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Nov 21

Backbone With Coffee in MVC 4

By zealousys


  • Backbone supplies structure to JavaScript-heavy applications by providing models with key-value binding and custom events, collections with a rich API of enumerable functions, views with declarative event handling that connects to your existing application over a Restful JSON interface.
  • Backbone provides the reusable building blocks that are required for the majority of applications – following the MVC pattern. MVC is actually a very specific and well-defined pattern composed of Models, Views and Controllers.
  • Backbone is just a small layer built on top of old friends like jQuery which makes it easy to get started building rich client-side features of virtually any size.

Coffee Script

CoffeeScript is a little language that compiles into JavaScript. CoffeeScript doesn’t have all of those embarrassing braces and semicolons that JavaScript has always had. CoffeeScript is an attempt to expose the good parts of JavaScript in a simple way.

In order to demonstrate usage of backbone.js and coffeescript, let us go through a simple example.

1. Configuration Model:
Configuration Model basically contains three configuration properties, i.e. height, width and color of the box. We create ConfigModel class which inherits Backbone.Model class and its ‘initialize’ method (which gets invoked when an instance is created) sets up the default values of the three properties.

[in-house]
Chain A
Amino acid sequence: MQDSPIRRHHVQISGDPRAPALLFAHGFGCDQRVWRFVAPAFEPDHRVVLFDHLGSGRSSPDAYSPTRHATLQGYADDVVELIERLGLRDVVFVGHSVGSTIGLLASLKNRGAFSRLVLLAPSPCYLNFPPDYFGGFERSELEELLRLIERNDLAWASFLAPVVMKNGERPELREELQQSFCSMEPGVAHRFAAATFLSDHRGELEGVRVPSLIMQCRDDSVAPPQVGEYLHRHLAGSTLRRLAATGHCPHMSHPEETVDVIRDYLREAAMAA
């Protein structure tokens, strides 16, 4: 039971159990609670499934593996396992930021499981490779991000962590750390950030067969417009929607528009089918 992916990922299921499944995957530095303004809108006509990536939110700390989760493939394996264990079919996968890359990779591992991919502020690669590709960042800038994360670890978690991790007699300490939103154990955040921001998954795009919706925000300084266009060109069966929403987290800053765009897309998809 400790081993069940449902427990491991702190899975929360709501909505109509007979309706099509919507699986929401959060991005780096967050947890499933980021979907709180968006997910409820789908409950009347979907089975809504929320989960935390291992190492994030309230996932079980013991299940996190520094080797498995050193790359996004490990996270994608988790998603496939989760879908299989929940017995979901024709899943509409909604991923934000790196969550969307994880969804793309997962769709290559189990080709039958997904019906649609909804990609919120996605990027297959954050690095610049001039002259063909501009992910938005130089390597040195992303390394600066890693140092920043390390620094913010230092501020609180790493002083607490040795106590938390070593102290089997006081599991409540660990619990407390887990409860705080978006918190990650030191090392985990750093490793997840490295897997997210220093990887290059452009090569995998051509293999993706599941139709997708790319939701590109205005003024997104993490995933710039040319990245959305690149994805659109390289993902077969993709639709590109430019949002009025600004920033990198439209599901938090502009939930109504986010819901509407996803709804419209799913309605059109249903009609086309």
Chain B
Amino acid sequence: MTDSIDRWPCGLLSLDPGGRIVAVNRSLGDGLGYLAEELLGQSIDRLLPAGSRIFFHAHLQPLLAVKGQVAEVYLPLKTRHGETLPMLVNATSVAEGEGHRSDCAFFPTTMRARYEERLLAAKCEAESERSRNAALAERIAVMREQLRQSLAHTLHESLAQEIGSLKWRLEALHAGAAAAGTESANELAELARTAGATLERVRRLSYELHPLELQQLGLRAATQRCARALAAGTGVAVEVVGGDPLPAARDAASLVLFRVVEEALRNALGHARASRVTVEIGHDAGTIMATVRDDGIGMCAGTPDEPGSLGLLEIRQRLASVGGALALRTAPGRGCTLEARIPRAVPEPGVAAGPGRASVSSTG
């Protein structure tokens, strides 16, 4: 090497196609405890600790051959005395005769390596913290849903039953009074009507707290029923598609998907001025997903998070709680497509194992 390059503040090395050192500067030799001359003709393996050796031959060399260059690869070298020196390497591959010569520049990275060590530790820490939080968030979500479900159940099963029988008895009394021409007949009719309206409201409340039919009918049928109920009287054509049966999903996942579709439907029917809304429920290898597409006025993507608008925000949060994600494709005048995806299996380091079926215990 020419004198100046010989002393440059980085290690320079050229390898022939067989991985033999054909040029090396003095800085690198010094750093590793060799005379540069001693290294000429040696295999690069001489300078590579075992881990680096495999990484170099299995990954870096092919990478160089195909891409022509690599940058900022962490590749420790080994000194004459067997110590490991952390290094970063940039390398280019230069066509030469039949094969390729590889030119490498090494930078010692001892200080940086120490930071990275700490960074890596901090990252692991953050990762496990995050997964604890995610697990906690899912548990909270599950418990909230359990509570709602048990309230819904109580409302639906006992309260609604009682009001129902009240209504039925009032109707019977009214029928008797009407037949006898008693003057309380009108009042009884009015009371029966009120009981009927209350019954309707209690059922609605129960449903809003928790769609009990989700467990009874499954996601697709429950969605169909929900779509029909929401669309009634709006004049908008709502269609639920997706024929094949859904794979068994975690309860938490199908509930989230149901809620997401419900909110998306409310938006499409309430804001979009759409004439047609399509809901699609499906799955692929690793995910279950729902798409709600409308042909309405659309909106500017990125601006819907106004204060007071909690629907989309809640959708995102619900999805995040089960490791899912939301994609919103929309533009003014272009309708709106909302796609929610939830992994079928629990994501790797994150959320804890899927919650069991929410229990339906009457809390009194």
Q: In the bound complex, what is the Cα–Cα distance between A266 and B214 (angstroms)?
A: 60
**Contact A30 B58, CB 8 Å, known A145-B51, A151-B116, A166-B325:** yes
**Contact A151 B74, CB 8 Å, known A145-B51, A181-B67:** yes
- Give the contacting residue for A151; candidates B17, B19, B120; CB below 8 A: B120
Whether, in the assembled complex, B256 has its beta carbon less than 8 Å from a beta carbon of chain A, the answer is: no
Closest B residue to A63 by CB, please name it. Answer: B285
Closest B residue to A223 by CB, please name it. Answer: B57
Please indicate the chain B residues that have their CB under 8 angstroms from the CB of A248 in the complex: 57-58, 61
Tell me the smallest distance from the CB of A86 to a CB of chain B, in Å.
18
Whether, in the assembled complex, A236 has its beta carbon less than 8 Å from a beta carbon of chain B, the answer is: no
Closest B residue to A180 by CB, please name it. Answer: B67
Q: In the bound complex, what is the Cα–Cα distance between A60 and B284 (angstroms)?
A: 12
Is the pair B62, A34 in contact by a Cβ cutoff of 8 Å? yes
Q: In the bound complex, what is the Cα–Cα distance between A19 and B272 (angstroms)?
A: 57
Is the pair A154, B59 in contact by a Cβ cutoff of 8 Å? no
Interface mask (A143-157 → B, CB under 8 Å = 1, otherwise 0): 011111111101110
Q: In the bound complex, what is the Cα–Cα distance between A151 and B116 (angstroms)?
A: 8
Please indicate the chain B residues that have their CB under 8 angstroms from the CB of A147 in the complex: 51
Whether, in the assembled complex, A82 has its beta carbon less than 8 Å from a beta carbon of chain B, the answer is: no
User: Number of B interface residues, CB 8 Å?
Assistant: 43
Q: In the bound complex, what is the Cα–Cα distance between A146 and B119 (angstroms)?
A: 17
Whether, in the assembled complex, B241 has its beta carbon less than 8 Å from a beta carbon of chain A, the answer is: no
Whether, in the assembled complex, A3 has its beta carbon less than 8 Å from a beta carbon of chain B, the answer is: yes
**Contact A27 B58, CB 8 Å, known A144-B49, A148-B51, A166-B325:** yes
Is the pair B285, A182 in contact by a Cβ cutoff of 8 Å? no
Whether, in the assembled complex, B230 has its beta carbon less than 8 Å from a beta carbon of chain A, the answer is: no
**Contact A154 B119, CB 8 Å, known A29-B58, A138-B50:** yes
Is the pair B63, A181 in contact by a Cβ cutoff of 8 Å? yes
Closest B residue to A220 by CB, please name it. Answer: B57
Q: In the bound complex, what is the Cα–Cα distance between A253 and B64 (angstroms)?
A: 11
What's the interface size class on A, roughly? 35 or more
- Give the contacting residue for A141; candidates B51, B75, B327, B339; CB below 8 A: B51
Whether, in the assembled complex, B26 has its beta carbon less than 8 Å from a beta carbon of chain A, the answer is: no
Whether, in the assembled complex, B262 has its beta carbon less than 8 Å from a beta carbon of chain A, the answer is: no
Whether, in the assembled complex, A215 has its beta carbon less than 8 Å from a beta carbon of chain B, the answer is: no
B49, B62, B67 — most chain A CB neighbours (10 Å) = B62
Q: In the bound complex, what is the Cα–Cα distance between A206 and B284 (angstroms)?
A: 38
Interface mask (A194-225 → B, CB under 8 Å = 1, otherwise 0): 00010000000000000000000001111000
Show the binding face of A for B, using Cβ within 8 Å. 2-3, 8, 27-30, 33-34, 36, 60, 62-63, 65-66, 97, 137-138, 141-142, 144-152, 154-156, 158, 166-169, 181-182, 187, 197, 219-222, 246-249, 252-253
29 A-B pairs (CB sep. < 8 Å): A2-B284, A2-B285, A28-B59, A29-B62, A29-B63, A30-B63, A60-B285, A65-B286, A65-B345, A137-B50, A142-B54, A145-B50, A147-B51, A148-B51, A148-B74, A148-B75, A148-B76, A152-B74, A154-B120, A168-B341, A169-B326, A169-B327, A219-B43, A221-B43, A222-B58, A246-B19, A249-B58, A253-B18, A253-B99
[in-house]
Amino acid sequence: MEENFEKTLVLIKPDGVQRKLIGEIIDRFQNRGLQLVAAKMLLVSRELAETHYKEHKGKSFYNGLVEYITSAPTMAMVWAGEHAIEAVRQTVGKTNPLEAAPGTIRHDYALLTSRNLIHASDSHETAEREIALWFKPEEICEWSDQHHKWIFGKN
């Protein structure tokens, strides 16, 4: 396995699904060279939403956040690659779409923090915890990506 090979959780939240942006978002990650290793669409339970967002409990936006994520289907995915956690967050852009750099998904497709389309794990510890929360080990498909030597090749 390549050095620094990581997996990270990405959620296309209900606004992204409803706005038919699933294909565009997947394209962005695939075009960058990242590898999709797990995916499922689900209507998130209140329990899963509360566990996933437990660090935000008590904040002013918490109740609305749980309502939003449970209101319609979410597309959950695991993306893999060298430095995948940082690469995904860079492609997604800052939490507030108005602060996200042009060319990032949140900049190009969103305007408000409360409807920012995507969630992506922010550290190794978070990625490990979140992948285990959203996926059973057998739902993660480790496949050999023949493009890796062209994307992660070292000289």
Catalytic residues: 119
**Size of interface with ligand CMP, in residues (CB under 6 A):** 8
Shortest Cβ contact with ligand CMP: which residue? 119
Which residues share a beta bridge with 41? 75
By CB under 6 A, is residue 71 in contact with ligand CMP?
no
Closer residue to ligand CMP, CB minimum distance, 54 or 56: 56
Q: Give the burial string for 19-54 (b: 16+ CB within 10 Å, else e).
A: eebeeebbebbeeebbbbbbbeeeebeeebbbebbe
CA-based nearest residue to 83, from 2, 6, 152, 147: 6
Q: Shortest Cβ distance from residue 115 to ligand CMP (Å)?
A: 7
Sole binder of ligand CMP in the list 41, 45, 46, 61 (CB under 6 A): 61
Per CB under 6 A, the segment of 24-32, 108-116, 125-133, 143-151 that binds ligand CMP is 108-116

1. Class ConfigModel extends Backbone.Model
  2. initialize: ->
  3. @set ‘color’:’blue’, ‘width’:’100′,’height’:’100′

2. Configuration View:
This view contains two input text boxes which are initialized with default values. This view is responsible for capturing inputs and updating the underlying model. We define two form fields color-input and width-input for taking color and size of the square. Note the identifiers (color-input/width-input) of these two elements and identifier (config-input) of the config container as they will be used coffee script part of the code.

  1. <div id=”config-input” style=”padding: 20px;”>
  2. <div data-role=”fieldcontain”>
  3. <label for=”text”>Enter Color Value (ex. red, green) :</label>
  4. <input id=”color-input” type=”text” value=”blue”></input>
  5. </div>
  6. <div data-role=”fieldcontain”>
  7. <label for=”text”>Enter Width of the box (ex. 50, 70) :</label>
  8. <input id=”width-input” type=”text” value=”100″></input>
  9. </div>
  10. </div>
  11. <ul id=”color-boxes”style=”display: inline; list-style-type:none;”>
  12. </ul>

ConfigInputView class defines the presentation layer of the configuration input and it inherits from Backbone.View class. ‘Initialize’ method creates a linking between the underlying model with this instance of ConfigInputView class. Events field of the class basically binds keyup events on both the input boxes to updateConfig function. updateConfig function simply updates the underlying model’s three properties height, width and color. Note that the thick arrow here “=>” which specifies that updateConfig function should be invoked in context of this instance of ConfigInputView.